Also, another hymn. I may be starting to get the hang of these, after all these years—and just when I will no longer have a church choir and congregation on which to experiment. Time to brainstorm….
My new book, The Black Archive: Horror of Fang Rock, the 33rd in Obverse Books’ essential series of monographs exploring the universe-spanning televised narrative of Doctor Who, is out today. Order a copy! If you have an interest in the show—or in the relative lighting power of oil and electricity, or the scavenging habits of coastal Scots, or the hidden 19th-century history of tentacular monsters, or Leslie Stephen’s anti-materialist philosophy, or the numerology of the tarot, or Guglielmo Marconi’s marital misadventures, or Odysseus consulting with the dead—you will hopefully find something interesting. They always said the Beast of Fang Rock would be back….
Across the room someone struck a chord on the grand piano. The room went silent. As in most Washington drawing rooms, the piano’s essential function was to serve as an altar on which to display in silver frames the household gods: photographs of famous people known to the family.
—Gore Vidal, Washington, D.C.
Announcement: thanks to my wife’s brilliance (asking her to marry me remains one of the very few good decisions I have made in my life), in a few weeks, Soho the Dog HQ will relocate from the greater Boston area to Washington, D.C., capital and swamp. We’re packing up the files, the audio archives, the gilt Art Nouveau rotary hotline, the cache of exotic spirits, and the Casiotone arsenal; and later this summer, we’ll hit the road with Roving Correspondent and Traffic Reporter Mabel in tow.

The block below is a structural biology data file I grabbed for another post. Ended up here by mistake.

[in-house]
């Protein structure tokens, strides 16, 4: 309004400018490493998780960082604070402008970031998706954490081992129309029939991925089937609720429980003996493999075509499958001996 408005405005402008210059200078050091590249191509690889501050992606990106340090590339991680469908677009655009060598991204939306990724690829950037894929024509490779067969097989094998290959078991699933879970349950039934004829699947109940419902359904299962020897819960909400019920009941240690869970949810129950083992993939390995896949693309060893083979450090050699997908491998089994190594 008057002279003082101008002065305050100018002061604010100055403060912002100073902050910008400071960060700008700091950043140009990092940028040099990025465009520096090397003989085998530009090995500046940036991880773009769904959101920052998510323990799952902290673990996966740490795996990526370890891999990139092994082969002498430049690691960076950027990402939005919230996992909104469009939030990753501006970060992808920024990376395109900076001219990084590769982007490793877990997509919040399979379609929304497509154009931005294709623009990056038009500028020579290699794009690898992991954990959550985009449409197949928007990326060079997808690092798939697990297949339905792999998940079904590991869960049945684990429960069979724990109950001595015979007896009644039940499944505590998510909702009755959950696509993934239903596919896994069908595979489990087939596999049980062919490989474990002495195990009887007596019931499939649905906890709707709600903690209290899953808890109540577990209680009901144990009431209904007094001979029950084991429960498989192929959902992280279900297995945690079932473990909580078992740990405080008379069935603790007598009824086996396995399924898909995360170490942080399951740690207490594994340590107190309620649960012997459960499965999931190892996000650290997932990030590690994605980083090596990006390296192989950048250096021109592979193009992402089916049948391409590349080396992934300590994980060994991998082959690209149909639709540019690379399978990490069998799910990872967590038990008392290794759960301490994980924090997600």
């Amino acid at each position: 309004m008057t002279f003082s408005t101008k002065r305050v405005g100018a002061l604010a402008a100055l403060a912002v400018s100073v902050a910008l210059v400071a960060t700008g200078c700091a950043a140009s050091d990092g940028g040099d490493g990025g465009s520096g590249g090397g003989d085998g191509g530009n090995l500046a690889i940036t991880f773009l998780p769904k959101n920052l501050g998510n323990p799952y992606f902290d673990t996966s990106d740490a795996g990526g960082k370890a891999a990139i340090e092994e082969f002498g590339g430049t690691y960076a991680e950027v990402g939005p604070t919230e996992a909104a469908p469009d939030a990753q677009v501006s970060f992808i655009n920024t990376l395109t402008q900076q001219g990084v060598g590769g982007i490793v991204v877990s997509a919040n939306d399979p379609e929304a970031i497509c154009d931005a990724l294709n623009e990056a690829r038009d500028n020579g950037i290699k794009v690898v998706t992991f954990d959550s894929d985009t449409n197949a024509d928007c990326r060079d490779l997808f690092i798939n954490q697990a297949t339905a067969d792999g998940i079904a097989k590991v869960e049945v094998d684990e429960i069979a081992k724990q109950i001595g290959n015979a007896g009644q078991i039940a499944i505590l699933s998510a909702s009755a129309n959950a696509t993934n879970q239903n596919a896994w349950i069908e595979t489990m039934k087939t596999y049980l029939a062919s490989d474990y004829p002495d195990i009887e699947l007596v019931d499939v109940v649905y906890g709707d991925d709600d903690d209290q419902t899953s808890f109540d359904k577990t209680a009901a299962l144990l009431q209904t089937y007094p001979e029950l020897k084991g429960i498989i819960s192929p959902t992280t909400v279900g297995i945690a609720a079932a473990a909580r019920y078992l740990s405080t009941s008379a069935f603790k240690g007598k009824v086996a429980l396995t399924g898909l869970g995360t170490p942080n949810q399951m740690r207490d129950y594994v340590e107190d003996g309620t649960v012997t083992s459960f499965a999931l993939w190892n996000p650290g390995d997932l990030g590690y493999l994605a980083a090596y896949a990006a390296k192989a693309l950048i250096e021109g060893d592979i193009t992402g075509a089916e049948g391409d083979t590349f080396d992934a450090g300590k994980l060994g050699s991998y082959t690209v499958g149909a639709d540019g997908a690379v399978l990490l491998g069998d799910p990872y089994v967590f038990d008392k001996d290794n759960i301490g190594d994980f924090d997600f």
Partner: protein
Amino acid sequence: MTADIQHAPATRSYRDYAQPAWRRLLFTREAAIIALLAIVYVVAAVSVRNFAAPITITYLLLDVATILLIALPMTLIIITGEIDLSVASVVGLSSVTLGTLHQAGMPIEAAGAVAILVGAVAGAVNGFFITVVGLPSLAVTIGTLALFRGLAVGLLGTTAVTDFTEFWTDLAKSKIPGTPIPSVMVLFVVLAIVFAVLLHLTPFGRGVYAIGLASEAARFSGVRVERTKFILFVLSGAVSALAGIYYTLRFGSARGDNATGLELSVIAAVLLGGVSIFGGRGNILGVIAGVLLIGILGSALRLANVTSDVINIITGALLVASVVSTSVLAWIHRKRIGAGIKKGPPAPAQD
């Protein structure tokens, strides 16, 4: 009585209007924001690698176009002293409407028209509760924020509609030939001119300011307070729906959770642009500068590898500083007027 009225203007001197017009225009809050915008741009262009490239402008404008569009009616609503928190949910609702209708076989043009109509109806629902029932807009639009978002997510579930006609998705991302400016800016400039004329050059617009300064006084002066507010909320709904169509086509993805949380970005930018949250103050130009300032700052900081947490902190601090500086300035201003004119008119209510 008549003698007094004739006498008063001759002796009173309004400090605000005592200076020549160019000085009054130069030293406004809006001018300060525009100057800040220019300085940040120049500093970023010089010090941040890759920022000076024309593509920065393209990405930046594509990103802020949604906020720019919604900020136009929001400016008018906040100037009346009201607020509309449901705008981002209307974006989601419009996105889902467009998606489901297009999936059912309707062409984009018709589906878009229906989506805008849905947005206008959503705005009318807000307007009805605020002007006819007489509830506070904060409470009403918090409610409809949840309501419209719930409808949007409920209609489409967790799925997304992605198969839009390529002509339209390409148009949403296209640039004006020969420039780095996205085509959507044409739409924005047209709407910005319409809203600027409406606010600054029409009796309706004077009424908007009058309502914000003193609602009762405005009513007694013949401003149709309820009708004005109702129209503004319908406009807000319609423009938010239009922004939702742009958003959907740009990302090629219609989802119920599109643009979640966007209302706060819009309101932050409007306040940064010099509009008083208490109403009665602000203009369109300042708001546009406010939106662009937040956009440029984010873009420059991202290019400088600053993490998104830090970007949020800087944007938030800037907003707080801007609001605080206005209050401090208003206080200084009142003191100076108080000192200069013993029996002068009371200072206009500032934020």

What am I going to do? Do what I’ve always done: make it up as I go along. I was telling someone the other day that acquiring a Library of Congress reader’s card is as far as I’ve gotten in plotting the next iteration of my wayward career. But, at the very least, I look forward to quieting the room via underutilized pianos, whether figuratively or literally. Come August, drop a line if you’re in the DMV.
Guerrieri: Gracious Spirit, Love Divine (FAIR FIELD 18.104.22.168) (2019) (PDF, 110 Kb)
Guerrieri: New Every Morning (2019) (PDF, 175 Kb)
Guerrieri: Progress: Five Sandburg Songs (2006) (PDF, 823 Kb)
Some more composing, tossed into the ether. Church business first: a new hymn and a new introit, plugging gaps in this spring’s calendar. The song cycle is an old one that I managed to rescue from a forgotten hard drive. The style is interesting to me because it’s intricate in a way that I gave up not long after, but I played through it and I still kind of like it. (Now, if I could only find those choral folk song arrangements from the late 90s….)
Score: Liberace’s FBI file.
Boston Globe, May 2, 2019.
(Read the actual file here.)
Back in the early days of this blog, I wrote a piece on Liberace that included my own out-of-tune impersonation of his playing, which I will take the opportunity to re-post: